Liked by 1 person

    Comment by Malcolm R. Campbell — May 28, 2018 @ 11:13 am

    • The outcome was so much better for our family than for the families of the 6,000 men who died in that battle.

      Liked by 3 people

      Comment by montucky — May 28, 2018 @ 11:30 am

  2. War is such a tragedy all around. Your family was lucky and I’m sure all these military “holidays” have more meaning for you than they do for most, who haven’t had such close ties to war. Thanks for the re-blog of this post.

    Liked by 1 person

    Comment by wordsfromanneli — May 28, 2018 @ 12:01 pm

  3. I cannot give a like to this post, it seems such a trivial thing to do.
    A moving post, I salute your brother and absent friends.

    Liked by 1 person

    Comment by David A Lockwood — May 28, 2018 @ 12:28 pm

  4. Heart-tugging, thank you for reposting. I thank your brother and all who have served or are serving our country.

    Liked by 1 person

    Comment by bayphotosbydonna — May 28, 2018 @ 12:51 pm

  5. I’m glad your brother made it through. I’ve had to watch my Air Force sergeant son go off to the desert twice now, so it’s easy to imagine how your parents felt.

    Liked by 1 person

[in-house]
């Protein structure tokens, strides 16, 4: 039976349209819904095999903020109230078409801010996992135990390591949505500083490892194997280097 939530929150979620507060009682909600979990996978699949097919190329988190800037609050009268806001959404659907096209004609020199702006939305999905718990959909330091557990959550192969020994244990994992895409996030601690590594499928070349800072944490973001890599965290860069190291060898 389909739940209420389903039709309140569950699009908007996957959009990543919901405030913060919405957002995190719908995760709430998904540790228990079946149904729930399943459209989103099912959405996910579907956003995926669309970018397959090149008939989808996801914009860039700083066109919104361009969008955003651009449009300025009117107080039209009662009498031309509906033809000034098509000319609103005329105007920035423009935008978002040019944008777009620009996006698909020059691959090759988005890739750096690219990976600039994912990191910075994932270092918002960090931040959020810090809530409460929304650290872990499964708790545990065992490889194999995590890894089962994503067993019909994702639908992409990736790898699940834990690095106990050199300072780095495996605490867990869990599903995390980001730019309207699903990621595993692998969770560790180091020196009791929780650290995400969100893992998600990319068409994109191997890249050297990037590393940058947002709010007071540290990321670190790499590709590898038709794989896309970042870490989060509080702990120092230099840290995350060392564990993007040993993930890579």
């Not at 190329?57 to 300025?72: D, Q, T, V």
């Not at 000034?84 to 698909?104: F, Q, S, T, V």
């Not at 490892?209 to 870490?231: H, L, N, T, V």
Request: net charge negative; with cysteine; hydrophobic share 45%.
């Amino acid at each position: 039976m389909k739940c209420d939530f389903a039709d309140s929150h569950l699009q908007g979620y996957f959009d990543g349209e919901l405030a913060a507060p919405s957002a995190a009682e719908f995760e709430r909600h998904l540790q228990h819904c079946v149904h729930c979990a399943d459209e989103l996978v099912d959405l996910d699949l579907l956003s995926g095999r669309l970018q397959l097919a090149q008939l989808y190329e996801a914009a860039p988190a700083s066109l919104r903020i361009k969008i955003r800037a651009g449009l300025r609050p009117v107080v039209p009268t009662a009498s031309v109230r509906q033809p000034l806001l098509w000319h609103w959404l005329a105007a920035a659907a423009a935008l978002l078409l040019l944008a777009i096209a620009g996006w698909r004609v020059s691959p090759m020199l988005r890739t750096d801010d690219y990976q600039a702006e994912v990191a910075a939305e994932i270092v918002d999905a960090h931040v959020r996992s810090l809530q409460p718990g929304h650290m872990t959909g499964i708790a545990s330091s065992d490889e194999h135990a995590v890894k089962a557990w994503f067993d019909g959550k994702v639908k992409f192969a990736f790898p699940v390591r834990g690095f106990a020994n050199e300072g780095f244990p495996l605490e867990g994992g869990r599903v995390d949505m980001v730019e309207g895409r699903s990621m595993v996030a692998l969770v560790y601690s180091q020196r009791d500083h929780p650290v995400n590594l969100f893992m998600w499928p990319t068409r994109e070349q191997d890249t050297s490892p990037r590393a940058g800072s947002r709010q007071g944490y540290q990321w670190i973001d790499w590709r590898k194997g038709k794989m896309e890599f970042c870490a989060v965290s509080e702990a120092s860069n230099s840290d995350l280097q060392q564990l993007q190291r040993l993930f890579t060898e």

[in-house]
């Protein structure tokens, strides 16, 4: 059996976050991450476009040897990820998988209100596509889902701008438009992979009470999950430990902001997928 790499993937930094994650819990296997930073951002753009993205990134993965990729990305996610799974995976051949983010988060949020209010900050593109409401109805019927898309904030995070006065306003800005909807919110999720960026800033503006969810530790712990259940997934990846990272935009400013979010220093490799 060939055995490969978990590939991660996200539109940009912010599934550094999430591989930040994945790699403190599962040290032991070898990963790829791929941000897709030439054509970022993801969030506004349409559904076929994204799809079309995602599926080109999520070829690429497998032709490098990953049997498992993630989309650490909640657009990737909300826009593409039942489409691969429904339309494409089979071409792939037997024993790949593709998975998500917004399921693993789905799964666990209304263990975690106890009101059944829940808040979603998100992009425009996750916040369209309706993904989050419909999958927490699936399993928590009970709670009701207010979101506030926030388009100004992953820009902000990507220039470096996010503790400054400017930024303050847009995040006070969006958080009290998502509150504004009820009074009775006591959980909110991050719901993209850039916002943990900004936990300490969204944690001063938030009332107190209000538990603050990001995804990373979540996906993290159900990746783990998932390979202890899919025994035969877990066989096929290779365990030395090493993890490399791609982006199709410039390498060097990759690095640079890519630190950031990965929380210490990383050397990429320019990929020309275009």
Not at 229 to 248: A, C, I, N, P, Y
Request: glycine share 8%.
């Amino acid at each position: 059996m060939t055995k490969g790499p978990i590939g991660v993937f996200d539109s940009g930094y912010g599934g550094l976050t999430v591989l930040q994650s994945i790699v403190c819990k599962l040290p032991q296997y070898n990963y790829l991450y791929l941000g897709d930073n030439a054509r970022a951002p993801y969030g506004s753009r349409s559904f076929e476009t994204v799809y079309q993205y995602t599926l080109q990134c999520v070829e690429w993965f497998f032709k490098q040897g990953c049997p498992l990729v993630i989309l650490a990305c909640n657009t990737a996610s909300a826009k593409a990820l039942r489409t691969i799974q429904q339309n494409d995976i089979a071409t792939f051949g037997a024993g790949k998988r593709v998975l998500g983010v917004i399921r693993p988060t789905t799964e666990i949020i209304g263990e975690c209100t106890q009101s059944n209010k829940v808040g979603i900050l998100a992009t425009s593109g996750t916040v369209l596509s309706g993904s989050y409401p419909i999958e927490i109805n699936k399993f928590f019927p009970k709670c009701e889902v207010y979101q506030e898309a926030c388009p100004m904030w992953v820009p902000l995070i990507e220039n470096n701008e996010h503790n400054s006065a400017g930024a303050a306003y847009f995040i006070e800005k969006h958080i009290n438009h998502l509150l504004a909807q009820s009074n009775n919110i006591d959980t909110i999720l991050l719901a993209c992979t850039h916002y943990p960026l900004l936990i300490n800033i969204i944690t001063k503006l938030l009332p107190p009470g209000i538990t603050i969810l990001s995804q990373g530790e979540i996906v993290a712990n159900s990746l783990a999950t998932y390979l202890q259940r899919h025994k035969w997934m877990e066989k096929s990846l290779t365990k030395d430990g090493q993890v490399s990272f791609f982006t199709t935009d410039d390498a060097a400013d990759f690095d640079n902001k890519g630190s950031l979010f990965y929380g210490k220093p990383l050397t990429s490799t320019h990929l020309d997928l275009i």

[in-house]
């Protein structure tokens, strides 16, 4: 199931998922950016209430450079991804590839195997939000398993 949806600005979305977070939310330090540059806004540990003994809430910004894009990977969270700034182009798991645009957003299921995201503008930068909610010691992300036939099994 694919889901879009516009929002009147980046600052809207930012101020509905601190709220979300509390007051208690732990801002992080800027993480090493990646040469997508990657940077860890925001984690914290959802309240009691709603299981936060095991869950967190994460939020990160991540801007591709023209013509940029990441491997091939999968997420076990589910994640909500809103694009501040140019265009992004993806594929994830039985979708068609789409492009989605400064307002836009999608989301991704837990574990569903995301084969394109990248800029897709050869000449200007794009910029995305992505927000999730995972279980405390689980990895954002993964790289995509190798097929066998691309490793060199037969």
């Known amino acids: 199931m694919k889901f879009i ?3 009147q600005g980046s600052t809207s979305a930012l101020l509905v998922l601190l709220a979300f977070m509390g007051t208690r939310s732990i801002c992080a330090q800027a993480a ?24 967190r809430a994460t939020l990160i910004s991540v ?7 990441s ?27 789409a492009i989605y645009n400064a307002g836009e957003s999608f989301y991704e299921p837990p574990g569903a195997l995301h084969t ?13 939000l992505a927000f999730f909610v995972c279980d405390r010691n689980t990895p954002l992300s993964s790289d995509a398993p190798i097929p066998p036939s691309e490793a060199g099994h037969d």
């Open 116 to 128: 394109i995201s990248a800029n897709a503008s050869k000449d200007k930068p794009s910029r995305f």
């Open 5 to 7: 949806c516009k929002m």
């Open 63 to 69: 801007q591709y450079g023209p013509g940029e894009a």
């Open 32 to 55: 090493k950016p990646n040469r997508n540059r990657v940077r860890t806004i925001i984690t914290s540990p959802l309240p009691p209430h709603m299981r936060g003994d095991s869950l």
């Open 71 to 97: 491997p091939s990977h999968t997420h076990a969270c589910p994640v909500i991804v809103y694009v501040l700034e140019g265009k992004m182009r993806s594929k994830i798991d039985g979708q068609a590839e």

Comment by New Hampshire Garden Solutions — May 28, 2018 @ 3:13 pm

    • I know that is Hell for the families. My brother died in 1964 from complications that developed from his wounds, but at least had twenty good years after the war. When I visited him near the end, I was wearing a Marine Corps uniform too and it was like a changing of the guard. We exchanged one last salute.

      Liked by 1 person

      Comment by montucky — May 28, 2018 @ 6:34 pm

  6. Thanks for sharing, Terry.
    Sometimes I think wars are worse for the families back home as that ‘not knowing’ drags on and on. Sad to hear that your brother eventually succumbed to his injuries, albeit many years later.

    Liked by 1 person

    Comment by Vicki — May 28, 2018 @ 6:49 pm

    • I think that it’s worse for the families because they are constantly worried about what might happen. In the military you are most concerned with what is right in front of you.

      Liked by 1 person

      Comment by montucky — May 28, 2018 @ 6:53 pm

  7. I also thank your brother for his service, and was glad to hear he came home. My father was also in the Pacific during the war, and made it back home.

    Liked by 1 person

    Comment by Lavinia Ross — May 28, 2018 @ 8:53 pm

    • We are among the lucky families! I deeply respect and appreciate all of those who served! On my hikes I still carry the lensatic compass that was in my brother’s pack on Iwo.

      Liked by 1 person

      Comment by montucky — May 28, 2018 @ 9:00 pm

  8. Montucky, your post literally gave me chills with tears in my eyes as I read it. I didn’t know you in 2007, so I had never read your post before, one so well-written and with such poignancy. I can’t even imagine the pain your family went through thinking your brother had been killed in action and then the jubilation when that letter arrived, knowing then he was alive!! What an amazing miracle. I remember how my family was on pins and needles when my brother-in-law was in Vietnam, but we were among the fortunate, he came back home in one piece. I am so in awe and proud of our military heroes. We can never, ever thank them enough!